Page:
Written by: Greg Ellifritz
Read this article about a police gunfight that occurred following a traffic stop. Some of the lessons learned have utility for the CCW carrier as well.
“Then, the corporal thought his gun jammed. Actually, he discovered later, he had short stroked it. That is, after pulling the trigger on his double-action semi-auto, he had not released it fully and allowed it to go all the way forward before pulling it to fire the next round. Consequently, the gun wouldn’t cycle properly.
“I thought I had a bad gun,” Gonzalez told Calibre Press. “Actually, trying to squeeze the trigger fast under stress, I just wasn’t releasing it properly. I looked at my gun and I just hoped to God that the suspect wouldn’t jump out and keep shooting at me. If he had, by the time I’d been able to figure out what was wrong with my gun and chamber another round, he could have shot me three or four more times. His intent definitely was to kill me.”
Although I haven’t seen any formal research on the topic, I regularly see shooting news reports where the defender thought his gun was either empty or malfunctioning when in all actuality, the defender was “short stroking” the trigger.
I can’t find the exact statistic, but I remember a report issued by the NYPD in the early 2000s describing an extremely high number of police gunfights where gun malfunctions occurred. The gun wasn’t really malfunctioning. The officer was malfunctioning by failing to allow the trigger to move far enough forward to reset.
It’s something to think about. How do you prevent this problem or mitigate the risks associated with ‘short stroking?”
1) Provide extensive scenario-based training to ensure that the officer has already “experienced” all most any attack scenario imaginable with Simunitions or UTM marking cartridges. When officers are well trained, they don’t panic. They are still cognitively processing information. If the officer doesn’t get this type of training regularly, he starts to panic when he sees a hazardous situation in real life. Panicked firing as fast as possible makes short stroking much more likely.
2) Officers must be trained to instantly fix any type of gun malfunction that can happen. Pulling the trigger and nothing’s happening? Do a tap/rack. Problem solved. Police officers don’t get nearly enough training to make malfunction clearance a reflexive act. We have to fix that.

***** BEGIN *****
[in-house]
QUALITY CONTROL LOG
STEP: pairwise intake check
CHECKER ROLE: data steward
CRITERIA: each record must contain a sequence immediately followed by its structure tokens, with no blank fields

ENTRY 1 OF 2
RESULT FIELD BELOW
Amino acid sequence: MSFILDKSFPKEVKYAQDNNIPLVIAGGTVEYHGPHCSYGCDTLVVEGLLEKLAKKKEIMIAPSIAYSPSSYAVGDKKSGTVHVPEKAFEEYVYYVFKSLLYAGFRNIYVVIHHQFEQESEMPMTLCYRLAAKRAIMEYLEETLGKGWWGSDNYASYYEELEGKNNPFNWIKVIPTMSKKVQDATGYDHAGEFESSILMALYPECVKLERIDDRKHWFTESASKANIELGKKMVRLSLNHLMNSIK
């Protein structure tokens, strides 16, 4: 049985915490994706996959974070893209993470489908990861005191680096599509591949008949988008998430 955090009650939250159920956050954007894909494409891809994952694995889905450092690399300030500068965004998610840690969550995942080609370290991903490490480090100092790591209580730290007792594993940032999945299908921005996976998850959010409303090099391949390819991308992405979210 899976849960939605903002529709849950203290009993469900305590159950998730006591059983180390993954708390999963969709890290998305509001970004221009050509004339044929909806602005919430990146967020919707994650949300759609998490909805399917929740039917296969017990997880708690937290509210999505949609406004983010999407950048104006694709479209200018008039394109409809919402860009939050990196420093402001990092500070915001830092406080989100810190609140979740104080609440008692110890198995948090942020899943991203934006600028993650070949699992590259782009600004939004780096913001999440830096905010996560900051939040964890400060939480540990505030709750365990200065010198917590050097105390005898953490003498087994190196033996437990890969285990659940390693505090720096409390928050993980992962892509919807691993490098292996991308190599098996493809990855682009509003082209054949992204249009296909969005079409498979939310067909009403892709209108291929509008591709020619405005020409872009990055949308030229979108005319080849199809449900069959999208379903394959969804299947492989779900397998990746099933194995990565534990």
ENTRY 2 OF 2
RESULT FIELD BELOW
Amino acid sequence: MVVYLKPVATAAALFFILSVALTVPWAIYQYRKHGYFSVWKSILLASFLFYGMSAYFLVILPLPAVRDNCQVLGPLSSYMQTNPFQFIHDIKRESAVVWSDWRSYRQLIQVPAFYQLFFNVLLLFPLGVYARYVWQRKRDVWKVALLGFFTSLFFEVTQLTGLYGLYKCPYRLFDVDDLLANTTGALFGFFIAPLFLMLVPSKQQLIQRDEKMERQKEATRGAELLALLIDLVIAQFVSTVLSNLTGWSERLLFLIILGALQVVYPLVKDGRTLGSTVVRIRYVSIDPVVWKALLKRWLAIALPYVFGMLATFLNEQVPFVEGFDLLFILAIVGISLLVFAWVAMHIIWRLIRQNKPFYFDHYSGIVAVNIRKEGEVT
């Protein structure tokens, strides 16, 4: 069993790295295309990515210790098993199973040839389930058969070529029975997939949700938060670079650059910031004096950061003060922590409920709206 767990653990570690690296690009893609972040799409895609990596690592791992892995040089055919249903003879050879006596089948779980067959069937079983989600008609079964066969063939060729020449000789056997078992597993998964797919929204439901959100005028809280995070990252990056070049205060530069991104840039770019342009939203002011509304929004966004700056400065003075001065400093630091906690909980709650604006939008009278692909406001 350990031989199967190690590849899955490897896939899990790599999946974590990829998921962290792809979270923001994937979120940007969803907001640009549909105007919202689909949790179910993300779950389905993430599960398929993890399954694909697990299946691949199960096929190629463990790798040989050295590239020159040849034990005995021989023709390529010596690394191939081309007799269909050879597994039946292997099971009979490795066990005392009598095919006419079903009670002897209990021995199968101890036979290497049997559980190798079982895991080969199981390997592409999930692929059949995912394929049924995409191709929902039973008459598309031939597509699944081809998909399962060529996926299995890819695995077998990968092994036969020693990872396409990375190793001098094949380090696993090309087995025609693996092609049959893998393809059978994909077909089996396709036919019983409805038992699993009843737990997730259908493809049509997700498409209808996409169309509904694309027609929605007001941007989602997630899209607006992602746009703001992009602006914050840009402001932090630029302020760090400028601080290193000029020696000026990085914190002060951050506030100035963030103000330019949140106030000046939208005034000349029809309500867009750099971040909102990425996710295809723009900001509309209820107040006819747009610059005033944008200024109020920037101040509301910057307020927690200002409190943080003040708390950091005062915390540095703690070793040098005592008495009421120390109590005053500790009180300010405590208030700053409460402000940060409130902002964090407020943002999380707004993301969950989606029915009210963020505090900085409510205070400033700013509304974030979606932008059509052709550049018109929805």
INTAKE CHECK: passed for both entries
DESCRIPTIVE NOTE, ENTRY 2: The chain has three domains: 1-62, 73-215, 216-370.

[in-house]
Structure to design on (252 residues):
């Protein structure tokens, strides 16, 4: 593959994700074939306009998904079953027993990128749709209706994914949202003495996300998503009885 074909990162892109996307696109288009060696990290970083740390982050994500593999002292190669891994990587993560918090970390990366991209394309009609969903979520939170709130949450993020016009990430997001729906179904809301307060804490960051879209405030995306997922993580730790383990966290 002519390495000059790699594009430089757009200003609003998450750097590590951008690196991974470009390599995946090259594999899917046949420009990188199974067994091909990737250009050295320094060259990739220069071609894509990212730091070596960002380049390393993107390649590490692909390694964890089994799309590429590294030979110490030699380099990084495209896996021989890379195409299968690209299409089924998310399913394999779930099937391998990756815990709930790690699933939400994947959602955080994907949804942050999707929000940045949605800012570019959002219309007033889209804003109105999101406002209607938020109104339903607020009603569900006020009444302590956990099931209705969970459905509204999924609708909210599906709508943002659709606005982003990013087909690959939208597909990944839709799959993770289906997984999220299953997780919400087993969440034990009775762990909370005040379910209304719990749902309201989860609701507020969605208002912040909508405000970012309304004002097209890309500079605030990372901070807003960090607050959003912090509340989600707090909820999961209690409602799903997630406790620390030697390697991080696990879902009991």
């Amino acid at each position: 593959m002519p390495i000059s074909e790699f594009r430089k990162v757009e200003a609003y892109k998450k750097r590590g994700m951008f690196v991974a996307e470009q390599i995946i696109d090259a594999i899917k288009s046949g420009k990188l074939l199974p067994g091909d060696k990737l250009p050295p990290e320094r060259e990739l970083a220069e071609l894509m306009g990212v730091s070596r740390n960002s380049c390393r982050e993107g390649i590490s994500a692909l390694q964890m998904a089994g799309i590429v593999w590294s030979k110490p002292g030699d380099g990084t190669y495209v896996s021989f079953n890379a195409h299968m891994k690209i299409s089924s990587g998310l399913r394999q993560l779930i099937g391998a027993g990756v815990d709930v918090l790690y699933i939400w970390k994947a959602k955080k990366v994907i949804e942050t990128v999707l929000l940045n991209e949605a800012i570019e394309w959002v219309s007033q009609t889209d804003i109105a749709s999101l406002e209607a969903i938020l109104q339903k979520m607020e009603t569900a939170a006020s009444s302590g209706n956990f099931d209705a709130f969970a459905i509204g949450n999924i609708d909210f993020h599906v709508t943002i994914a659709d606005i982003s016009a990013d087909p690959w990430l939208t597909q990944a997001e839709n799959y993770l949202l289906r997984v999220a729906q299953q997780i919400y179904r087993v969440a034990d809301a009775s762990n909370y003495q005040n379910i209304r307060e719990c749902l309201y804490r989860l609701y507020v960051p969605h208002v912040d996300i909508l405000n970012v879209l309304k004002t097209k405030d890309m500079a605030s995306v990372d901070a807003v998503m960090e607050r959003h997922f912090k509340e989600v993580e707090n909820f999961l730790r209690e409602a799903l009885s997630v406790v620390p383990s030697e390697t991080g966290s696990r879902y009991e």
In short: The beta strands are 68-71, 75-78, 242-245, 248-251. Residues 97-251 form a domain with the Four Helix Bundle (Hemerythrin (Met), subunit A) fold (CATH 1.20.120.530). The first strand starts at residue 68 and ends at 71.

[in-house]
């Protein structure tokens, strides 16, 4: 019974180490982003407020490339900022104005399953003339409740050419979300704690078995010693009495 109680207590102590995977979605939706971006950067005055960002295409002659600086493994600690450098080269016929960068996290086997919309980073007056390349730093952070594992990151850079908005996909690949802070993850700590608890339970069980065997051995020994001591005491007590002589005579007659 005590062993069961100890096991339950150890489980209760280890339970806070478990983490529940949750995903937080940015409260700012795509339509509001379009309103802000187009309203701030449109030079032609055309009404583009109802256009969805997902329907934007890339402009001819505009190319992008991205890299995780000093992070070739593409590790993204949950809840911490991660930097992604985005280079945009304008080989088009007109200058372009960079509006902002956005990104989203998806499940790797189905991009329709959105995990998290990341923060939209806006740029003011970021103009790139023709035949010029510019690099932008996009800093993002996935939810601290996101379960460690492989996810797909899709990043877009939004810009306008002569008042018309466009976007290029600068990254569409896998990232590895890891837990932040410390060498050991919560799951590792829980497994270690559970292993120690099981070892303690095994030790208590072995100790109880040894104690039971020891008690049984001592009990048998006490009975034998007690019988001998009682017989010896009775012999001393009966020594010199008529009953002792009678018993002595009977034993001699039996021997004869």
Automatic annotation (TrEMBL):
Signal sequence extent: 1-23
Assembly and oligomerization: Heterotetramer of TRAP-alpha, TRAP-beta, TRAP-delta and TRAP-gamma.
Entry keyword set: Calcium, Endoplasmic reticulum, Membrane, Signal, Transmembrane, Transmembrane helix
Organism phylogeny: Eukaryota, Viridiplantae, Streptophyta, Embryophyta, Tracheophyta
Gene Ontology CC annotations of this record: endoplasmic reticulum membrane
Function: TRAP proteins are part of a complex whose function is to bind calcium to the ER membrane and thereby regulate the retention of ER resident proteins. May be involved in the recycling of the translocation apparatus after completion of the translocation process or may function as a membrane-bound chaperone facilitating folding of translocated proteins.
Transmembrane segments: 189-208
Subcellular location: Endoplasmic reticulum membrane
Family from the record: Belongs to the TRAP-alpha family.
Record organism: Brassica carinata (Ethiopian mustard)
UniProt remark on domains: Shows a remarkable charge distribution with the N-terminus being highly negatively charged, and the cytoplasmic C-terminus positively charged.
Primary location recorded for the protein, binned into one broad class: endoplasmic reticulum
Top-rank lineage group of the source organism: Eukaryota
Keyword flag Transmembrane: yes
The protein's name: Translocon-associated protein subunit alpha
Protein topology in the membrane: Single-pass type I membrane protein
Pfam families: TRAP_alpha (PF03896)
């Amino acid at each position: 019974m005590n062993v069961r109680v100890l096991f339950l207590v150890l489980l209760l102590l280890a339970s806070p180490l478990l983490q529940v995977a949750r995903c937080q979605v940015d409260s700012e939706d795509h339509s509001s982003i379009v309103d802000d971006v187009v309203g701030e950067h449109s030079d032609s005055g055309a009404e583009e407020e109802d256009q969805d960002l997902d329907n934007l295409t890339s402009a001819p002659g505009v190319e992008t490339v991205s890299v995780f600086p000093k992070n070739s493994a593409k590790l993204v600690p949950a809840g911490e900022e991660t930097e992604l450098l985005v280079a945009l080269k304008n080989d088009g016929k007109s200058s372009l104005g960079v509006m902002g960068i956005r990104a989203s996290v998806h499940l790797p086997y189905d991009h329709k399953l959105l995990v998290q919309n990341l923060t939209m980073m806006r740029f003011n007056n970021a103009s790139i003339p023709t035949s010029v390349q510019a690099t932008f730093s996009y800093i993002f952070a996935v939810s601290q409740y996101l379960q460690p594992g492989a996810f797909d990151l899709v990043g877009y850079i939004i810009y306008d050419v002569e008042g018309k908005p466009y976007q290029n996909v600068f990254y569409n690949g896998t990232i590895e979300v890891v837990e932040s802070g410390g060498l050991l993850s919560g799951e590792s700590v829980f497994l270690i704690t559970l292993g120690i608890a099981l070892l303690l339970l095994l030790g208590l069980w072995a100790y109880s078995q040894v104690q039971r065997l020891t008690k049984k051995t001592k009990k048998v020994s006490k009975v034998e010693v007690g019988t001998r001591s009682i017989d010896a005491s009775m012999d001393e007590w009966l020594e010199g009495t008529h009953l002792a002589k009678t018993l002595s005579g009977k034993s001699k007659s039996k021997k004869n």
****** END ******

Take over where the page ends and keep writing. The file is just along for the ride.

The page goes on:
3) Be cautious about what you do with your “jammed” gun in the fight, especially if you are transitioning to another weapon. I regularly see advanced students with lots of training under their belts drop a gun with a perceived malfunction to facilitate a faster transition to another weapon.
Officers who do this regularly explain that if the gun is unloaded or has a malfunction, it is useless and needs to be jettisoned quickly. They aren’t worried about arming one of the bad guy’s friends after dropping the gun on the ground because the gun doesn’t work. In this case, the cop’s gun would have functioned just fine if a criminal accomplice chose to pick it up and use it against the officer.
The gun was not truly jammed or empty. If the officer had tossed it on the ground assuming so, anyone on the scene could pick it up and use it to kill the cop who thought his gun was broken.
Your tactical homework for this week is to get to a shooting range, fire very quickly, and try to induce a “short stroke” pistol malfunction. You should be intimately familiar with what the short-stroked trigger feels like and train to remedy the situation as quickly as possible.
While at the range, do some regular malfunction drills as well. Pick up a few empty cases off the range floor. Make sure the cases are the same caliber you are shooting. Randomly insert a couple empty cases into each of your practice magazines. As you are shooting drills, the empty case will cause a malfunction. Work on clearing that jam as quickly as possible.